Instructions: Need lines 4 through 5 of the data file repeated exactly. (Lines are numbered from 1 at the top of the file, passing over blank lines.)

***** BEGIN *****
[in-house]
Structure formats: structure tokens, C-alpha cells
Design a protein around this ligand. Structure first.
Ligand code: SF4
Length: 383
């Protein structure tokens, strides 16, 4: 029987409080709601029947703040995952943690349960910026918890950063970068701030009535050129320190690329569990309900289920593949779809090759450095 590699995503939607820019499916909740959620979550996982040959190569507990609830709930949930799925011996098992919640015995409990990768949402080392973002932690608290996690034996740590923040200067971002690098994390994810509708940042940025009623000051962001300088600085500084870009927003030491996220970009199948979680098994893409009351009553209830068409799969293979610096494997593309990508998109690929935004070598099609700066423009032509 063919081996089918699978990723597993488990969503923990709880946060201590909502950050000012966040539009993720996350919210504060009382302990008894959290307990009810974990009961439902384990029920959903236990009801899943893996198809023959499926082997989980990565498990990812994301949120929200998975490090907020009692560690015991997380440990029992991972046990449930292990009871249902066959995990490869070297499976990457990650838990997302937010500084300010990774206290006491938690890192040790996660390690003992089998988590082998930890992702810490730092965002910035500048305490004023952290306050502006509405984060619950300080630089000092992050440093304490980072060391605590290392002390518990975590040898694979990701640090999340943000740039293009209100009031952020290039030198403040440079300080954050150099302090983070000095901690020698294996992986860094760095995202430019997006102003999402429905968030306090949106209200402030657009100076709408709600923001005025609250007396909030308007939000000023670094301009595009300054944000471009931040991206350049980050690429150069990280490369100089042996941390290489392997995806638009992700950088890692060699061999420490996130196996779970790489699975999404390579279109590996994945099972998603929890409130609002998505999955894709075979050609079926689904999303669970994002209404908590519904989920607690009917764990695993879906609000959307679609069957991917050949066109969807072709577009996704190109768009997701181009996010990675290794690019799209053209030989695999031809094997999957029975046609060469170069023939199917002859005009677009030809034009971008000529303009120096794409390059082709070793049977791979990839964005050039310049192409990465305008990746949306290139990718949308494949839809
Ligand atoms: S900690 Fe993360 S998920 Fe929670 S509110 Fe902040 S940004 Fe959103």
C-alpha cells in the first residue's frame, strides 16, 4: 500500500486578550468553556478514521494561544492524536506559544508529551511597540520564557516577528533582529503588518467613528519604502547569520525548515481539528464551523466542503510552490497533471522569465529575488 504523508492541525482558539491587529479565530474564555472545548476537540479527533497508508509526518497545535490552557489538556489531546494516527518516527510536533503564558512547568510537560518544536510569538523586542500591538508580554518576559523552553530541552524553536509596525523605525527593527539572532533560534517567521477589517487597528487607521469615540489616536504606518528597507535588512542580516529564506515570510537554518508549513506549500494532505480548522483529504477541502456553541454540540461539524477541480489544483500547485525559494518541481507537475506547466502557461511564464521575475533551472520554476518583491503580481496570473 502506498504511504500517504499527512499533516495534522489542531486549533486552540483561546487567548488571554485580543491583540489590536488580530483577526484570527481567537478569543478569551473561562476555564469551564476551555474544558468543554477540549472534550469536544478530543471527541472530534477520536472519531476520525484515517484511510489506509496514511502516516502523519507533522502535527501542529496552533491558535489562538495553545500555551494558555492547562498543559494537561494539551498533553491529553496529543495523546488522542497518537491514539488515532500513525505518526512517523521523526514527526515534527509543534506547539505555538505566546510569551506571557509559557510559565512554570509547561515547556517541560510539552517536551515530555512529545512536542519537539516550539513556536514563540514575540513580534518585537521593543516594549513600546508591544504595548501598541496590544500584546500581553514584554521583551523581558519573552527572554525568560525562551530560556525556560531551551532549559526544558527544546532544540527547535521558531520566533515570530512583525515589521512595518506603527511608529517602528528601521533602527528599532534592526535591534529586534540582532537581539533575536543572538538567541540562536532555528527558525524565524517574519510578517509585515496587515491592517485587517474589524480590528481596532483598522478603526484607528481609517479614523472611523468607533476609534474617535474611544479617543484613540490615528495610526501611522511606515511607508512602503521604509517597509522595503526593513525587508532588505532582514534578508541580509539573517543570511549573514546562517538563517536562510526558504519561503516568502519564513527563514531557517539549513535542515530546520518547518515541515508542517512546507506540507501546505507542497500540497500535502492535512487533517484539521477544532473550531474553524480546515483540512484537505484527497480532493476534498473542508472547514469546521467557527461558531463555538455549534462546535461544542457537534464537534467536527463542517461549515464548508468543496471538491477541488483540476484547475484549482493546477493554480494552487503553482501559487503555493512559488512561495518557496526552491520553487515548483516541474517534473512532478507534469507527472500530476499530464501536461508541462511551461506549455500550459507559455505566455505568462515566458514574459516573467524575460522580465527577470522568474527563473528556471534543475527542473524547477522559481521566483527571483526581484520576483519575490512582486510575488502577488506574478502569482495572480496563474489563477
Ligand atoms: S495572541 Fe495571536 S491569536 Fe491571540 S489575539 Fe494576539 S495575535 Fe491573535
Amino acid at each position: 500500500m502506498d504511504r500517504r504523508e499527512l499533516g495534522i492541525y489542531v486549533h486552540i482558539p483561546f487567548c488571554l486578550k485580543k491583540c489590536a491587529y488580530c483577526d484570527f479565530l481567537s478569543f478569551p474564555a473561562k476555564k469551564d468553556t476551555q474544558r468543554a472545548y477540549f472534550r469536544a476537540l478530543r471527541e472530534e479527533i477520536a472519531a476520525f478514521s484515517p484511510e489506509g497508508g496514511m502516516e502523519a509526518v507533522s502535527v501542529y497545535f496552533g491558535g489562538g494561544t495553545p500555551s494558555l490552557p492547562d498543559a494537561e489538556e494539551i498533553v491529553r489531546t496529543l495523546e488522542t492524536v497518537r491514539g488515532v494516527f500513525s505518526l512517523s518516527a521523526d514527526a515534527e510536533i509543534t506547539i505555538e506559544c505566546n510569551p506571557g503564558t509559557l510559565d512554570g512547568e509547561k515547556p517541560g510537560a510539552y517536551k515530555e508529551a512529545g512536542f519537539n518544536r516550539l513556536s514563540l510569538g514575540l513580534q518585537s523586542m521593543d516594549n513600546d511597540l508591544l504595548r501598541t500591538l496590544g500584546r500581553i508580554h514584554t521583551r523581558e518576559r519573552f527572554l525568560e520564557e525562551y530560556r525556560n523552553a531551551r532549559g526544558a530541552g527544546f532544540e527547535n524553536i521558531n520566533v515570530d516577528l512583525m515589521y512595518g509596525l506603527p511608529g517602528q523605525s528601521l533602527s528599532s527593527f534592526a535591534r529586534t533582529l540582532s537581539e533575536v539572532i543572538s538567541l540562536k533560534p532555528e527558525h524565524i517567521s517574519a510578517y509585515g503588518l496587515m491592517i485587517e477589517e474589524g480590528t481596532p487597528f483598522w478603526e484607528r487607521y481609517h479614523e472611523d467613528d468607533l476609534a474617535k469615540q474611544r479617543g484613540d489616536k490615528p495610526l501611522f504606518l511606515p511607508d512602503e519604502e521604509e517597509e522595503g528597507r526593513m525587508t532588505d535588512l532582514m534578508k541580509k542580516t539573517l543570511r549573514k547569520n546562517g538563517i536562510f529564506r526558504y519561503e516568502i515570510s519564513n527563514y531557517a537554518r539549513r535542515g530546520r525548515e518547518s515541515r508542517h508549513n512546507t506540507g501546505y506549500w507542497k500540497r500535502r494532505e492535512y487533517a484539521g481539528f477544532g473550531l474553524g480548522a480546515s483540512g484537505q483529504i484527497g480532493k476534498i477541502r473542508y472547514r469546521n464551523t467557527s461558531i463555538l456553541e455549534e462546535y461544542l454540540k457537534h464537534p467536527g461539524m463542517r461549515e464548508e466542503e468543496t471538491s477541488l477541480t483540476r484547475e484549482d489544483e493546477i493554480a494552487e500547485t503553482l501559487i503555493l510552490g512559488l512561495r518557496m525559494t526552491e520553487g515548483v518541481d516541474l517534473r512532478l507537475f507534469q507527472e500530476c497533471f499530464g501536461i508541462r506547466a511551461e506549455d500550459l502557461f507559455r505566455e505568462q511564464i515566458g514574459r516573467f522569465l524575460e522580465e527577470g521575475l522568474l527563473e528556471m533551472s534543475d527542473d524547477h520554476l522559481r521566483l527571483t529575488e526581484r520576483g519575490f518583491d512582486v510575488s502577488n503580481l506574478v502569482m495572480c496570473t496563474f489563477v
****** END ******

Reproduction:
Ligand code: SF4
Length: 383